I thought it read like her lawyers had written it!

Maybe she's just decided to do what I think Martha Graham wanted to do but didn't do -- let the works die with her.

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Thanks, miliosr. The Wikipedia entry sounds as if it was written by a fan or fans, certainly, not unusual on Wikipedia, and the information sounds quite believable. Sounds a tad self-defeating, but it's her call. Has anyone else read or heard something?

Dean has been very protective of her work, and from time to time has wanted to rescind permissions for performances. This time around, according to a colleague who has staged her work in the past, I believe she has indeed closed the door, though I do not know if it will remain closed.

It's certainly her call if she wants to do it, but I truly hope it doesn't end like this. I would hate to see those works lost to future audiences.

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According to Rita Feliciano's review of Liss Fain Dance Company in danceviewtimes, Fain set "Resolved" "a reworking of last year’s "At the Time" to a different Steve Reich score." "At the Time" was set to "You Are (Variations)" according to Rachel Howard's review from last September, but I can't find the name of the Reich piece to which the new version is choreographed.

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My friend Tom Mossbrucker was allowed to reconstruct and present Laura Dean's first ballet for Joffrey - NIGHT for his Aspen-Santa Fe Ballet just two or three months ago.

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My friend Tom Mossbrucker was allowed to reconstruct and present Laura Dean's first ballet for Joffrey - NIGHT for his Aspen-Santa Fe Ballet just two or three months ago.

But when did Laura Dean give her approval? The Wiki entry states that there are a number of pre-"no more revivals" performance licenses out there (which will gradually expire.)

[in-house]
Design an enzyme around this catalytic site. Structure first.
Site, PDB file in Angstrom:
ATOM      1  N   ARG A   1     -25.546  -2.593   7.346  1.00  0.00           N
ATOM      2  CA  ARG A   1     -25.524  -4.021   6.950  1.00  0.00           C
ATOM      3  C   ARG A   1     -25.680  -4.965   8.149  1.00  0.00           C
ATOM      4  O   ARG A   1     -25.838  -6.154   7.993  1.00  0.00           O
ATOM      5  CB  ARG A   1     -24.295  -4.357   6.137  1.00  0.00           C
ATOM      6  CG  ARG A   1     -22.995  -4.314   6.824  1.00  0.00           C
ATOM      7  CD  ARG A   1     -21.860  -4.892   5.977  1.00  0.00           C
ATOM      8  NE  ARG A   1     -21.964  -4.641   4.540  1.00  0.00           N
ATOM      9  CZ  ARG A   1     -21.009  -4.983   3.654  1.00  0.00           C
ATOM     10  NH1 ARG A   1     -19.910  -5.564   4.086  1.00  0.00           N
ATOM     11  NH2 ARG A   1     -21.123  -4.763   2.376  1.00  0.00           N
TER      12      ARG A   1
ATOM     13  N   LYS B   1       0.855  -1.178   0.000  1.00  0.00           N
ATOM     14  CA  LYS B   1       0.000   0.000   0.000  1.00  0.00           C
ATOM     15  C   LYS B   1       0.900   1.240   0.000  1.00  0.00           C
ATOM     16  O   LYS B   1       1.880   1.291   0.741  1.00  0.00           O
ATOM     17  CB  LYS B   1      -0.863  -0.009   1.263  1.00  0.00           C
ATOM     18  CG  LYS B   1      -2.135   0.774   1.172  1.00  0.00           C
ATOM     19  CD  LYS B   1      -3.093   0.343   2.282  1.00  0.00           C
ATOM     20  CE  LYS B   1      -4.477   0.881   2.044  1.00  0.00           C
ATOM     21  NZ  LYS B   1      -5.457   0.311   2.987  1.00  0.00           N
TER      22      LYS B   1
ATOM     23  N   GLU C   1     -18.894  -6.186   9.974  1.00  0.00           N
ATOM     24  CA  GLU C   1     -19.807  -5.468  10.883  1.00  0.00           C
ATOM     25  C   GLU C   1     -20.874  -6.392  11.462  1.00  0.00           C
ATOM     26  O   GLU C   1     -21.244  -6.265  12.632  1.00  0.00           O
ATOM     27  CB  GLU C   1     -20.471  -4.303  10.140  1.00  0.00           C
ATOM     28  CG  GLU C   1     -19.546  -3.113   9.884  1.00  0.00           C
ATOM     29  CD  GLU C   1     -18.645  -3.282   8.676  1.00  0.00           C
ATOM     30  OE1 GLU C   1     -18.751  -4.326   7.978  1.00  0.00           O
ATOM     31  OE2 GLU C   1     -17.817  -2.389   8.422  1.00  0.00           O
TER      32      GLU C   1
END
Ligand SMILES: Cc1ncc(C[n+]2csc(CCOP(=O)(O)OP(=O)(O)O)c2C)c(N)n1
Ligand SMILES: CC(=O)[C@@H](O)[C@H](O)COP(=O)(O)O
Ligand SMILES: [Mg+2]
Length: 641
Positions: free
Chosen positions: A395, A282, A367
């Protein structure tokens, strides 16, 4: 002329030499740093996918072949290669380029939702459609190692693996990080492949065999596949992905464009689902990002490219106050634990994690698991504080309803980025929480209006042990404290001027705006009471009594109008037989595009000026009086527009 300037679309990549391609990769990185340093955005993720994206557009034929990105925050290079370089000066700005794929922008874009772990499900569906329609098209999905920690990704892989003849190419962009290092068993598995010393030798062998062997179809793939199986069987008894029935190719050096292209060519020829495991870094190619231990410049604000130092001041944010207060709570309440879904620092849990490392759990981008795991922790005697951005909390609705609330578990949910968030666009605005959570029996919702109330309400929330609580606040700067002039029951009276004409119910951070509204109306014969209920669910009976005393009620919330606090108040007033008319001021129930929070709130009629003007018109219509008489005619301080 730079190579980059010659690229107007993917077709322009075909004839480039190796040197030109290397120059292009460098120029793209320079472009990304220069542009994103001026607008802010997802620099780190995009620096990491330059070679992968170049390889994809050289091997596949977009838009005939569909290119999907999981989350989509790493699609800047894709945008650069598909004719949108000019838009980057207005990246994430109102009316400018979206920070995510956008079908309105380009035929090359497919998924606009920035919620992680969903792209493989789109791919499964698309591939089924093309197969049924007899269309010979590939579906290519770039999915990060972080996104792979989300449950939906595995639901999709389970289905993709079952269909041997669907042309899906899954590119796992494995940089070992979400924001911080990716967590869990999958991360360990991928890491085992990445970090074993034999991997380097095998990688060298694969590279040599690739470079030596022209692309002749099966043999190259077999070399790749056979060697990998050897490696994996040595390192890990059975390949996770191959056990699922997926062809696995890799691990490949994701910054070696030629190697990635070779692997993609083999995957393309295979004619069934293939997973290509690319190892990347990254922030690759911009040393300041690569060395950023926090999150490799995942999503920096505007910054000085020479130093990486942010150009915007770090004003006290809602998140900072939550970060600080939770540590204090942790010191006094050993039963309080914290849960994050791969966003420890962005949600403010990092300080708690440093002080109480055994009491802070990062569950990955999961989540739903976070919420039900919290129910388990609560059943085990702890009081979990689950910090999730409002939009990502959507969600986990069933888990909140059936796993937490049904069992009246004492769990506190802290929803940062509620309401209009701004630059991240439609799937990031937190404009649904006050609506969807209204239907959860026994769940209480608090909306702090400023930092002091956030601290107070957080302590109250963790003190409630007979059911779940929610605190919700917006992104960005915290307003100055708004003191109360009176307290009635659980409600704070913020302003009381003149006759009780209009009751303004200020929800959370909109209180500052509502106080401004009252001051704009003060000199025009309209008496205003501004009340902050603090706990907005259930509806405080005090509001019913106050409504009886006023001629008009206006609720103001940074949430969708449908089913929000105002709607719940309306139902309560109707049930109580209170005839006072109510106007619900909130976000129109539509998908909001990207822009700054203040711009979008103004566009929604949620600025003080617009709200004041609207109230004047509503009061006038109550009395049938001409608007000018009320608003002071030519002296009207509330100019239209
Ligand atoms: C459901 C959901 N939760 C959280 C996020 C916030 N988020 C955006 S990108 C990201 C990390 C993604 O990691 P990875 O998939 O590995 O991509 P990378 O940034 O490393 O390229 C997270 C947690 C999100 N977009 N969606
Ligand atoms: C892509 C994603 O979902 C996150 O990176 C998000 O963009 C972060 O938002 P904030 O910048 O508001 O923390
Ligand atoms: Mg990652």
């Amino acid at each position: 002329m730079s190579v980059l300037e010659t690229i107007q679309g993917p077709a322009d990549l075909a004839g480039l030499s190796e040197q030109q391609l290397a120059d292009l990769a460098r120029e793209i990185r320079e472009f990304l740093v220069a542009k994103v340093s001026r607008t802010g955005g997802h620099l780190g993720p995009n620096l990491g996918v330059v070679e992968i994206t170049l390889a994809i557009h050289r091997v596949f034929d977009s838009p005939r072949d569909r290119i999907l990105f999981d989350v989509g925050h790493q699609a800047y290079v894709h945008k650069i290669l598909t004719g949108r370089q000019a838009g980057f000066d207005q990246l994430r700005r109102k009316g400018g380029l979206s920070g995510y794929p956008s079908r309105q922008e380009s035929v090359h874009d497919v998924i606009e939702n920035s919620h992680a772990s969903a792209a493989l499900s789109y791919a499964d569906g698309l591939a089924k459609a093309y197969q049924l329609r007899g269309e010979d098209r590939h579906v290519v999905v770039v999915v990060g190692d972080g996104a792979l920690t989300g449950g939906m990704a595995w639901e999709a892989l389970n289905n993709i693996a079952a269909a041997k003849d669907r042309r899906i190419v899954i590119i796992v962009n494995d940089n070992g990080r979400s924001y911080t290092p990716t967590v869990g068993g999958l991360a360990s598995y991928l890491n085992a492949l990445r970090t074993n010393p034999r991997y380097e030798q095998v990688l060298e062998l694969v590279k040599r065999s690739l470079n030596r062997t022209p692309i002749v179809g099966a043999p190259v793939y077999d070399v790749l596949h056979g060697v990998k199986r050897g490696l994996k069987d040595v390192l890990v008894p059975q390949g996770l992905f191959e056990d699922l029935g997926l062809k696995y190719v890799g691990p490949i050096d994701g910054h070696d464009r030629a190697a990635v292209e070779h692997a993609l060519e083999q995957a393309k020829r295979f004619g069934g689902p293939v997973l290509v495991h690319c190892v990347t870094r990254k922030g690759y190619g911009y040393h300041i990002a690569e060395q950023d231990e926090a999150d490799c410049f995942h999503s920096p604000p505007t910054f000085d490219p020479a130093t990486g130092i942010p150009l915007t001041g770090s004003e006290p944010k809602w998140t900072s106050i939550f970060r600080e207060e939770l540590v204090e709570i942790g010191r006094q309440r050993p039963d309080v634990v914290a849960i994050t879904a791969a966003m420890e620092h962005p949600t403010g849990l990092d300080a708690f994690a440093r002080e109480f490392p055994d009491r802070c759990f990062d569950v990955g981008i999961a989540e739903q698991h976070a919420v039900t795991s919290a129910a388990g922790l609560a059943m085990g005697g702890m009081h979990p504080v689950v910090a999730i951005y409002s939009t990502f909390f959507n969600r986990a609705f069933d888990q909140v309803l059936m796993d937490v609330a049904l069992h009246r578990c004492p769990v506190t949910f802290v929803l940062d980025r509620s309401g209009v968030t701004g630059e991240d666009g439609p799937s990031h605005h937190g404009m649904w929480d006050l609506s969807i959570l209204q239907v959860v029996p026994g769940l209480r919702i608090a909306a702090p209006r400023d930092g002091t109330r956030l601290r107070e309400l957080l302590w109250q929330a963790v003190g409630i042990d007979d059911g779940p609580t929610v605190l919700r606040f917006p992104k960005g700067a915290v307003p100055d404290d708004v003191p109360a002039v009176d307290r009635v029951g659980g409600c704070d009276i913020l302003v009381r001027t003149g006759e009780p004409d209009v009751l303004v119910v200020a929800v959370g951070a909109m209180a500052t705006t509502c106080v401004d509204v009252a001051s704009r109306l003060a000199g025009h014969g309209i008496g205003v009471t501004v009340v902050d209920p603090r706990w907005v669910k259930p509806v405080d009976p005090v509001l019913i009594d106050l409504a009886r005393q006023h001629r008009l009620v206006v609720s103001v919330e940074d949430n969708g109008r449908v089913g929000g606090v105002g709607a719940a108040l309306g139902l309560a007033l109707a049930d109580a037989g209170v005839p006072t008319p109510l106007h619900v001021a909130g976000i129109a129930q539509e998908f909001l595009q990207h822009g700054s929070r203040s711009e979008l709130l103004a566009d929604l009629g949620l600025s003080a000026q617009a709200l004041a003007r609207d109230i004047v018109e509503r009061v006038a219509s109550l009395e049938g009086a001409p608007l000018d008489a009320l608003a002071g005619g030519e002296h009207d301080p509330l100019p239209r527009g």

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I've got to ask Tom. I know that the performance was quite recent but I do not know when the agreement was made.

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So, I've been listening to a 1970s recording of the Steve Reich composition Drumming. I understand that Laura Dean (in the 70s) and Anne Teresa de Keersmaeker (in the 00s) have made dances to this work. Has anyone seen the dances? And, if so, what did you think??

This might interest you... Here is a quote from an article by Sanjoy Roy, "Step-by-step guide to dance: Anne Teresa de Keersmaeker and Rosas". The Guardian. Tuesday 8 September 2009.

Steve Reich's "jaw dropped" when he saw De Keersmaeker's work for the first time. He had known of her since the early 80s ("some woman with a very long name") but hadn't seen any of her work until a performance of Fase in 1999. "Of all the choreography done to my music," he said, "this was by far the best thing I'd seen … it was all analogous to the music. On an emotional and psychological level I felt I'd learned something about my own work."

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There is an Alastair Macaulay review in today's NY Times of two works to the same Reich work, Double Sextet, shown at the Works & Process series at the Guggenheim. Mr. Reich, along with choreographers Larry Keigwin and Peter Quanz, took part in the Q & A after the last performance.

Mr. Macaulay calls Mr. Reich "among the most choreographed of living composers."